In the midst of getting myself ready to travel east for work (and some fun, I’m sure) I couldn’t resist revisiting my thermoses.
No, really, when I was updating the “about” page on this blog I took a few pictures of my recently stalled thermos collection and got inspired all over again.
My thermos collection started by accident. I was out with a friend visiting garage sales in southern New Hampshire one day about three years ago. At one of the sales there was a box near the end of the driveway with the word “free” scrawled on the side. In that box, with a lot of other totally forgettable stuff, was a thermos.
For some reason, I decided to take it. My thermos collection started there.
“Thermos” is one of those brand names that has come to stand for the product, like “kleenex” or “xerox” or “polaroid.” Like my first thermos, many thermoses are actually made by the Thermos company.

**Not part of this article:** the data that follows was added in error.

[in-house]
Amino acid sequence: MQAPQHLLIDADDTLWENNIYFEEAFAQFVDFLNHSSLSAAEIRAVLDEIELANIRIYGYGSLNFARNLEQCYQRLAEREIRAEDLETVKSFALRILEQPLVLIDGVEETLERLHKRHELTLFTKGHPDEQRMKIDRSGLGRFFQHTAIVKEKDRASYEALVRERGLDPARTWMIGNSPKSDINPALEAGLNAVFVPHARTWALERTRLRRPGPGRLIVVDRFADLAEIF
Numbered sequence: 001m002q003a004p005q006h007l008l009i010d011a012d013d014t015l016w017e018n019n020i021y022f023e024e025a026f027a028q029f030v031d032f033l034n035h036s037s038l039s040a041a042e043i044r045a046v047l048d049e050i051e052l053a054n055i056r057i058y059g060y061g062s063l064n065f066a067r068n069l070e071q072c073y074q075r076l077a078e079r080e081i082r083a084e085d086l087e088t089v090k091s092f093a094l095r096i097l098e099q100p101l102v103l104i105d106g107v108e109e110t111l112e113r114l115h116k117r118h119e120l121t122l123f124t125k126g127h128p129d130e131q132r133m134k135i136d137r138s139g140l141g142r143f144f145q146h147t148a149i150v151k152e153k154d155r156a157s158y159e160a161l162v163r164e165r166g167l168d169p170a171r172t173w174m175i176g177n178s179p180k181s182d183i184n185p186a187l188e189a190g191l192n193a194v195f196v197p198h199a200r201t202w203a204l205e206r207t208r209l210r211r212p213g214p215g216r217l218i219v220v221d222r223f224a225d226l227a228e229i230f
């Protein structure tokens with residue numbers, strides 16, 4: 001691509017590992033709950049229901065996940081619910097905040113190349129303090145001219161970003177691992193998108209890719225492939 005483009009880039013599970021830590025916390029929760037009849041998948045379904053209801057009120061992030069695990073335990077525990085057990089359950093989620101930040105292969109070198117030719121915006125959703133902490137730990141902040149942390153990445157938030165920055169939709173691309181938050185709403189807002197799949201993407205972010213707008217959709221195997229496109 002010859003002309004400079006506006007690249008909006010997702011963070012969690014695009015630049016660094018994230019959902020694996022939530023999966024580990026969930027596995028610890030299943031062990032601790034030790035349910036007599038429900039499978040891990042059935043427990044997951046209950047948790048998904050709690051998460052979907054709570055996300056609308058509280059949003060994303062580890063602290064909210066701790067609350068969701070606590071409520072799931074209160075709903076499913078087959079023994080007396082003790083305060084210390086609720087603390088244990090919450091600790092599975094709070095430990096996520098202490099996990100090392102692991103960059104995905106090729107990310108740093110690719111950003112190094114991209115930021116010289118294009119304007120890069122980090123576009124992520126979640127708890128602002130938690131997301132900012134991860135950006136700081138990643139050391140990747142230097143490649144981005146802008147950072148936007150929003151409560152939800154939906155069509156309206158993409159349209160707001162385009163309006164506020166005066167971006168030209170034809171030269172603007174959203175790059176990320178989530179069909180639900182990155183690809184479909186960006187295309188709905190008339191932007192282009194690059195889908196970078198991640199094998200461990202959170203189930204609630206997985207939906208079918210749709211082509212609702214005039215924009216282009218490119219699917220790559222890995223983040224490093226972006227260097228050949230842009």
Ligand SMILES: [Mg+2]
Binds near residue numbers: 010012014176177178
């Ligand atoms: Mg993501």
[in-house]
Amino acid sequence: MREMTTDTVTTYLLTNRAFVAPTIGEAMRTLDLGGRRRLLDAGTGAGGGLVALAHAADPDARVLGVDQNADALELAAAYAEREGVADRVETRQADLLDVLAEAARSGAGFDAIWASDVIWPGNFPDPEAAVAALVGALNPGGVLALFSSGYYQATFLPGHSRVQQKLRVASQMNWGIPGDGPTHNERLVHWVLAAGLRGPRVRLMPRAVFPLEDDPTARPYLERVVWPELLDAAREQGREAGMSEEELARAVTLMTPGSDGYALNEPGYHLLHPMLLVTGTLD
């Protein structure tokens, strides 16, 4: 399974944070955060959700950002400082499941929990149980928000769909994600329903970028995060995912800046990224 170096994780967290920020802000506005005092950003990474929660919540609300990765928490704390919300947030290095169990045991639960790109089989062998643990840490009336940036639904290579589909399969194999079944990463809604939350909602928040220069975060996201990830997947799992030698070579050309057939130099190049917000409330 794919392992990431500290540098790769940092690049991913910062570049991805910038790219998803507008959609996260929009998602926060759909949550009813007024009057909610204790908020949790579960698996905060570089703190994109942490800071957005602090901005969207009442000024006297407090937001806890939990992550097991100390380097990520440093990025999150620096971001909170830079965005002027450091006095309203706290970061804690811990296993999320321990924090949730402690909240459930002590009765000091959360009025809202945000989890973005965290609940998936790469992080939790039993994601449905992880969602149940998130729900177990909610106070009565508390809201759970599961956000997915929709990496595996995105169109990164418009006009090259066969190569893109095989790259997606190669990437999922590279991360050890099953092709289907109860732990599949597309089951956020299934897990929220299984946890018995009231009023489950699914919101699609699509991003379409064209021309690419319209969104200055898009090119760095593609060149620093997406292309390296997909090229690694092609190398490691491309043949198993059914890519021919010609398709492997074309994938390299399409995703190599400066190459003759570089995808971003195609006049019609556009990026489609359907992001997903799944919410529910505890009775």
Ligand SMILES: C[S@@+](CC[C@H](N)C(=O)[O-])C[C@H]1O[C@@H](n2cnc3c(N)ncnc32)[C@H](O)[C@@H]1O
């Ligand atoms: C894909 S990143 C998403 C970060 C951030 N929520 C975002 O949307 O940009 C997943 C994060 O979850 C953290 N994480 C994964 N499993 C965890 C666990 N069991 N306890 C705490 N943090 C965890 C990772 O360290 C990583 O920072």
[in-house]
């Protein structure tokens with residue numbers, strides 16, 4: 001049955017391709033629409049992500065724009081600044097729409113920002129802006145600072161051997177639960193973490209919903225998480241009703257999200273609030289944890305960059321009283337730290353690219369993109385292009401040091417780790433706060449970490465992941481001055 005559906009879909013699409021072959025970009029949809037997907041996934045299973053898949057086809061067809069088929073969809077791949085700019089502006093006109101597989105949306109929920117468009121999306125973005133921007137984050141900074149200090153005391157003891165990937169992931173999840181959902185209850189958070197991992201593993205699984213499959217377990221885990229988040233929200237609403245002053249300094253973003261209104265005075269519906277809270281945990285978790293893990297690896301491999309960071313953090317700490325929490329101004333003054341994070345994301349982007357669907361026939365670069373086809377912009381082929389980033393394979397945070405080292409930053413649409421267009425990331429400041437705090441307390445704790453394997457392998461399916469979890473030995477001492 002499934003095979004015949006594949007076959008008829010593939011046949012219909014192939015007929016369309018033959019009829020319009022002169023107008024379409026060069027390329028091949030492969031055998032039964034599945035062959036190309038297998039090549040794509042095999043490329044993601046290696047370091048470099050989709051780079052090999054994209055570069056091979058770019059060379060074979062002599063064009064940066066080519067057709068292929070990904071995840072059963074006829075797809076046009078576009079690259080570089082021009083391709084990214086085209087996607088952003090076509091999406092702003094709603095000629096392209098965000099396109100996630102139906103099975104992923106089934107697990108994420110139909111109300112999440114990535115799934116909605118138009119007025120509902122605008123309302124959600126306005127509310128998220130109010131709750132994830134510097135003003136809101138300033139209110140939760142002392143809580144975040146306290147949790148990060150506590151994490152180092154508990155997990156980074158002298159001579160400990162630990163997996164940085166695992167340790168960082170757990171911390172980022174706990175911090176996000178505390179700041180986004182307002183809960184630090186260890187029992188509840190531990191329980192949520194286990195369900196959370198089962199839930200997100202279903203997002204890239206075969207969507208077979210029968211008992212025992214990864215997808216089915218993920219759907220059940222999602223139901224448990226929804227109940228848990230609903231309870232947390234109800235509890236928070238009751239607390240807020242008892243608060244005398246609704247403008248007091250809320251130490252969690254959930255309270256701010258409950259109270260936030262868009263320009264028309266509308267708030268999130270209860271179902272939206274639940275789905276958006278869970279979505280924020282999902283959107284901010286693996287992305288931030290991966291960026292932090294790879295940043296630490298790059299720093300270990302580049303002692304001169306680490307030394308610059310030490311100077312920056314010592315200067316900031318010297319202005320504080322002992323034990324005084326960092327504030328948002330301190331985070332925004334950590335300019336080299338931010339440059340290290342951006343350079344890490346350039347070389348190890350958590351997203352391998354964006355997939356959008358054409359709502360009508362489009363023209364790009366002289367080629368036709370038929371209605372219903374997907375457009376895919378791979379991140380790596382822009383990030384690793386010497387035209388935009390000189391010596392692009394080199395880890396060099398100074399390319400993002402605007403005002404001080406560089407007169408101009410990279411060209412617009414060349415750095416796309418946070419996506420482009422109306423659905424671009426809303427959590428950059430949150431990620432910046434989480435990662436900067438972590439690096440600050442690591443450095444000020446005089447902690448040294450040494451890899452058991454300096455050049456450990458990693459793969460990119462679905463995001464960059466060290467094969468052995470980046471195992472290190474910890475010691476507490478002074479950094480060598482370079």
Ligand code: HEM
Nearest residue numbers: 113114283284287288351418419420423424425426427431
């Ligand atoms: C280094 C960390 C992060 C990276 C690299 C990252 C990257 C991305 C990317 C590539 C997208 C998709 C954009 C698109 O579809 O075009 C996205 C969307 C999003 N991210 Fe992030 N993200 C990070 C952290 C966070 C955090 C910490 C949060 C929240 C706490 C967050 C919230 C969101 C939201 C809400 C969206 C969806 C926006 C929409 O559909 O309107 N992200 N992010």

There are, however, other brands of “thermoses” not made by Thermos.
This thermos is called the Atlas, but is made by the Faris company in St. Louis.
From the start I had two rules for my thermos collection. Thermoses added to the collection should be inexpensive (or, ideally, free). And they should be aesthetically interesting.
Most of the thermoses I have are glass lined, and many are old enough to have corks under their caps.
Some come with their own cases.
Most of my thermoses sit on a shelf in my study, but some get used. This one always reminds me of the cold, windy day when we filled it with Bloody Marys and took it to the beach on the Cape.